When you begin to look at senior living options, it is wise to consider how the expenses will be covered. For many seniors, the process of examining the housing benefits available to you will begin with knowing all about Medicare. Most seniors opt to purchase basic Medicare coverage, at a minimum. However, Medicare might not be a payor source for specific types of senior living.
What is Assisted Living?
Assisted living communities differ from skilled nursing facilities, sometimes known as nursing homes. When it comes to assisted living, these communities operate under a different license and have different state and federal regulations. While skilled nursing facilities are required to have 24 hour nursing and clinical staff onsite, assisted living communities are not.
Most assisted living communities cater to residents who require some assistance with activities of daily living. These activities may include dressing, showering, medication reminders or distribution, and toileting. Assisted living communities usually feature a dining room or restaurant with three meals per day that are prepared by a knowledgeable chef. Meals prepared are not only delicious, but are individualized to meet medically prescribed diets.
Assisted living also typically offers an event calendar for residents to enjoy. Activities can range from exercise classes like yoga to entertainer performances to trips or classes. These activities are crucial to healthy socialization and can complement therapy services. A good assisted living community will thoughtfully tailor engagement activities to the needs, abilities, and interests of its residents.
Medicare does not cover assisted living community costs. There are some assisted living communities that accept Medicaid as payment, but Medicare does not pay for assisted living expenses. That said, Medicare does cover some services that might be available within the walls of the assisted living community, such as therapy services or preventative care appointments. This coverage can help offset the overall price of assisted living.
What About Memory Care Assisted Living?
Memory care communities that operate under a specialized assisted living license are subject to their own regulations. In these cases, the staff to resident ratio is typically smaller so as to provide more assistance and guidance to residents who may become disoriented or confused. Meals are offered during the day, typically in a special dining room, and diet intake is carefully monitored by staff members to assure residents are getting enough calories to thrive. Some memory care communities, such as those that are part of The Arbor Company, offer food that is specially prepared and designed to make eating easier for those with difficulty tasting, swallowing, or manipulating flatware. Activities are offered within a memory care community as well, often more than a typical assisted living community.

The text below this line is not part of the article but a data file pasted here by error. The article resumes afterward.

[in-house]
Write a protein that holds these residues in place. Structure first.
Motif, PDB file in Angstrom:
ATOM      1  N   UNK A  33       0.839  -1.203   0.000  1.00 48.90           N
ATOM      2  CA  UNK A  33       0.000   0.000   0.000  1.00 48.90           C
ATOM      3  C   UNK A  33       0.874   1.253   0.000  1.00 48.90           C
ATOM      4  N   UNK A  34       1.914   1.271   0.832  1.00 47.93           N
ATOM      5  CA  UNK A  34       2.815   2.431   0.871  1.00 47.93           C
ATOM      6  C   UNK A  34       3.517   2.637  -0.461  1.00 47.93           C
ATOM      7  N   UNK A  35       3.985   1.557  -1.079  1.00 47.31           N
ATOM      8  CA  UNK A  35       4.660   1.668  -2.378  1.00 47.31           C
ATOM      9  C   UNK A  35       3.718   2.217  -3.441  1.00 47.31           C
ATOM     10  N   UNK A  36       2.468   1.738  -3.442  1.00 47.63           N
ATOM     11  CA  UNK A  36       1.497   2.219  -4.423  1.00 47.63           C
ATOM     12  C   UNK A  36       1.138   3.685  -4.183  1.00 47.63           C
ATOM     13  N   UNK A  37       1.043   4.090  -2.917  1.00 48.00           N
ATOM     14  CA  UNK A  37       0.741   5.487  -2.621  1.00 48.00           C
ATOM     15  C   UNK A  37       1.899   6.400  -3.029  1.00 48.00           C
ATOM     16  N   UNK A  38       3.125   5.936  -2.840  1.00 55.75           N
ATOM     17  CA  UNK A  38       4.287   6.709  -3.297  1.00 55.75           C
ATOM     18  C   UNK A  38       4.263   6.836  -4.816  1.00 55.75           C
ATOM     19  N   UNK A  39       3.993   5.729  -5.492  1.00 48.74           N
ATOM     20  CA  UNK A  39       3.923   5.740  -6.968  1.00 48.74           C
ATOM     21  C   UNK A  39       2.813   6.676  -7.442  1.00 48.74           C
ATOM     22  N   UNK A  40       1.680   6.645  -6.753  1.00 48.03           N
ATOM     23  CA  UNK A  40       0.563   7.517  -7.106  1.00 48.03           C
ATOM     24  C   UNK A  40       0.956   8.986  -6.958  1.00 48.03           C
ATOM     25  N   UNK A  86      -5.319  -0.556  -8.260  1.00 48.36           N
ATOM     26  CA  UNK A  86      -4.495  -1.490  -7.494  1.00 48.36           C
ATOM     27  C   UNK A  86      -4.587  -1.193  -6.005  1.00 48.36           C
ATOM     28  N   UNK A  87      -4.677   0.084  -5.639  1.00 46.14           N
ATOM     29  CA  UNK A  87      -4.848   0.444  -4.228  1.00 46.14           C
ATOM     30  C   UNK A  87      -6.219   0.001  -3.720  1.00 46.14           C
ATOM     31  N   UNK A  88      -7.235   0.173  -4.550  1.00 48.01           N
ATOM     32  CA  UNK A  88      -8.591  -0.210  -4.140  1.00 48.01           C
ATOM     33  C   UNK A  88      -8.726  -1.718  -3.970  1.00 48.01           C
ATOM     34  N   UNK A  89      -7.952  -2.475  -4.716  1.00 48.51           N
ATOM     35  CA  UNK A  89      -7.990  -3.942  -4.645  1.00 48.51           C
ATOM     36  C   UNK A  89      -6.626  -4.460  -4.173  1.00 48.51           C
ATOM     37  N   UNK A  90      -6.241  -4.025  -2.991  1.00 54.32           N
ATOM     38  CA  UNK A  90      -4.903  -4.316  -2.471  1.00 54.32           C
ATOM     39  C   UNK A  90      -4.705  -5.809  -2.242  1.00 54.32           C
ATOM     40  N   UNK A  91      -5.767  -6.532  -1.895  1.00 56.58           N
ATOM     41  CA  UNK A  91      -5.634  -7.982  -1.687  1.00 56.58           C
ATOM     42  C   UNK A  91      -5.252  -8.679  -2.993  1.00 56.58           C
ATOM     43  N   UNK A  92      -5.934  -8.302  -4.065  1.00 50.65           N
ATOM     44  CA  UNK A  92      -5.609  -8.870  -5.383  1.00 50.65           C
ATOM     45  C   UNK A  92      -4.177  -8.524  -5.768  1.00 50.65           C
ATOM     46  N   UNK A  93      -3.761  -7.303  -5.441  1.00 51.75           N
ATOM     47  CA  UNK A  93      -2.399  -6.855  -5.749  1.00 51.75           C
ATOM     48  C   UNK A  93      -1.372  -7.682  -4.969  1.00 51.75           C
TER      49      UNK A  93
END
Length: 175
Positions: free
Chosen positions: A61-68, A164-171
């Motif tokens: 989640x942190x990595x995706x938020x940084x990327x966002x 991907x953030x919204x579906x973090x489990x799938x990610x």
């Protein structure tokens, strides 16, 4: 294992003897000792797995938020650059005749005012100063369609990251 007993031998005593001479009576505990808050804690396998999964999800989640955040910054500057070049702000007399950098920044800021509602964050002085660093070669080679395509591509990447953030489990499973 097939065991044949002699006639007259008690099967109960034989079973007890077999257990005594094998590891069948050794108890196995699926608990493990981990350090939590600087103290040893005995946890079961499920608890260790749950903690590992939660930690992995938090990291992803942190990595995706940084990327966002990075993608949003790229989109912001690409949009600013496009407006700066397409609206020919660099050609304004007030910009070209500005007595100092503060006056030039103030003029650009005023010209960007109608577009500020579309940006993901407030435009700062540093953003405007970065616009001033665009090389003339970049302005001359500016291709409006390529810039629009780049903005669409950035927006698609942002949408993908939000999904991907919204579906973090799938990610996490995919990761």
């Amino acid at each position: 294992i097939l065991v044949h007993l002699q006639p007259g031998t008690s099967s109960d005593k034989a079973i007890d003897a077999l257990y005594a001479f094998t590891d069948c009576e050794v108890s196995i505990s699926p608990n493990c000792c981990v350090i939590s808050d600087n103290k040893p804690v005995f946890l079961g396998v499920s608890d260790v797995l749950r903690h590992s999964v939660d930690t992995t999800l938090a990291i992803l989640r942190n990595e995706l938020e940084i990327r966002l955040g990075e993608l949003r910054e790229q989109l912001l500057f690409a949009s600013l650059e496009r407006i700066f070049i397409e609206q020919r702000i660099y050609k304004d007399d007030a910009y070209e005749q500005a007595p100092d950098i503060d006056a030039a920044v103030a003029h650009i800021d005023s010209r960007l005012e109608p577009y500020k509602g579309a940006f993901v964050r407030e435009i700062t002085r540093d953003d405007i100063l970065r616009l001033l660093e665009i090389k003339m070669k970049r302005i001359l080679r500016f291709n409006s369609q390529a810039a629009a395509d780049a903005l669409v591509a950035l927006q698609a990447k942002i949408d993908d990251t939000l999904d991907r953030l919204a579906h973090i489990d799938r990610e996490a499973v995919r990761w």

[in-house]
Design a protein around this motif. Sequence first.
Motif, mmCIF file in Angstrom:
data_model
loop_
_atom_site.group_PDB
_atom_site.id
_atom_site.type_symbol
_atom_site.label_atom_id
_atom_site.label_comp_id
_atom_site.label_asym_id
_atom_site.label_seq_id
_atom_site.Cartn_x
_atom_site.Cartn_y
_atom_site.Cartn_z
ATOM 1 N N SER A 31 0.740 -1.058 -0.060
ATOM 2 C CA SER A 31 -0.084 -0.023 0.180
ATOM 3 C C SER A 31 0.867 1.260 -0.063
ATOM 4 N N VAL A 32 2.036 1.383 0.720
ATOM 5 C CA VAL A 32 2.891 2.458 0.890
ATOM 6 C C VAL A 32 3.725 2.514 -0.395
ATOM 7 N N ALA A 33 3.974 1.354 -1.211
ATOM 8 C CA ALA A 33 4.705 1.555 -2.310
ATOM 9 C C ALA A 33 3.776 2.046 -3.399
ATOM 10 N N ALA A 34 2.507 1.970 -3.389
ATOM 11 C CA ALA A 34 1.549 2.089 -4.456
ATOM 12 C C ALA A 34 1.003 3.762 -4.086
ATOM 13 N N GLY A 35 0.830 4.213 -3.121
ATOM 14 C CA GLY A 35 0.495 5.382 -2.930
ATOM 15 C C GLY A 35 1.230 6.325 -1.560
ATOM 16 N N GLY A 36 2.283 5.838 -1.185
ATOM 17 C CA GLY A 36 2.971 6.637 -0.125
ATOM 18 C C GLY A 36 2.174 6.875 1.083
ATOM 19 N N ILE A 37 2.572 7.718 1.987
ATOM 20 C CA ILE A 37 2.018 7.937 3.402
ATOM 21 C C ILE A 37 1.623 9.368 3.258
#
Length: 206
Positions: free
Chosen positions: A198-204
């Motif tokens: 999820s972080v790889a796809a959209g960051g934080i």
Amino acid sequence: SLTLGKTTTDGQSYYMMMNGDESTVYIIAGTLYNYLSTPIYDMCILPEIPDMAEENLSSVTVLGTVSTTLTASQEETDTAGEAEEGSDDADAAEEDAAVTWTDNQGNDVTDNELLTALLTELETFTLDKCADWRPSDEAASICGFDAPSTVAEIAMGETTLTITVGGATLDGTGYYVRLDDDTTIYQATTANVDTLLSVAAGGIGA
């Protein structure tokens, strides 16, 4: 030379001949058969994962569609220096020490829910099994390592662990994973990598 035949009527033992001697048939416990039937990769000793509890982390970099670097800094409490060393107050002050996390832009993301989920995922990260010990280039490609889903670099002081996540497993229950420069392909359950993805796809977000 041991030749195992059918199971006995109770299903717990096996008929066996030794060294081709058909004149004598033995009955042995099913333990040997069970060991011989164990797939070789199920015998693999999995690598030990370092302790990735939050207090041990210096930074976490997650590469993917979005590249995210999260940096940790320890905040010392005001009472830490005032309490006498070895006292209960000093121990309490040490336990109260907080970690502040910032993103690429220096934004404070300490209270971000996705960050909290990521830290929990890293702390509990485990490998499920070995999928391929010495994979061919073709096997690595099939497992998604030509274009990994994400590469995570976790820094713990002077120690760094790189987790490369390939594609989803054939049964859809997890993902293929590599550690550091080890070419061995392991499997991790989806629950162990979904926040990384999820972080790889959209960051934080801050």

Even though memory care assisted living communities typically are working with residents who have a higher need of care, cueing, and assistance, Medicare still does not pay for these services. Services such as doctor prescribed physical or occupational therapy services may be covered under Medicare, but other expenses are not.
How Can I Pay For These Services?
While Medicare does not pay for assisted living services, you have other resources to explore when considering assisted living care. Beyond using assets such as your home or car, you may also have a long-term insurance plan that covers some of the costs associated with assisted living care services. Finally, you can investigate whether you qualify for Medicaid, which may help pay for certain assisted living communities, although not all.
As always, the first step to senior living is research. The more you know before you make a decision - or before a crisis occurs - the better prepared you and your finances can be.
Interested in learning more about independent and assisted senior living in your area? Contact us now to request more information about our premium senior living communities.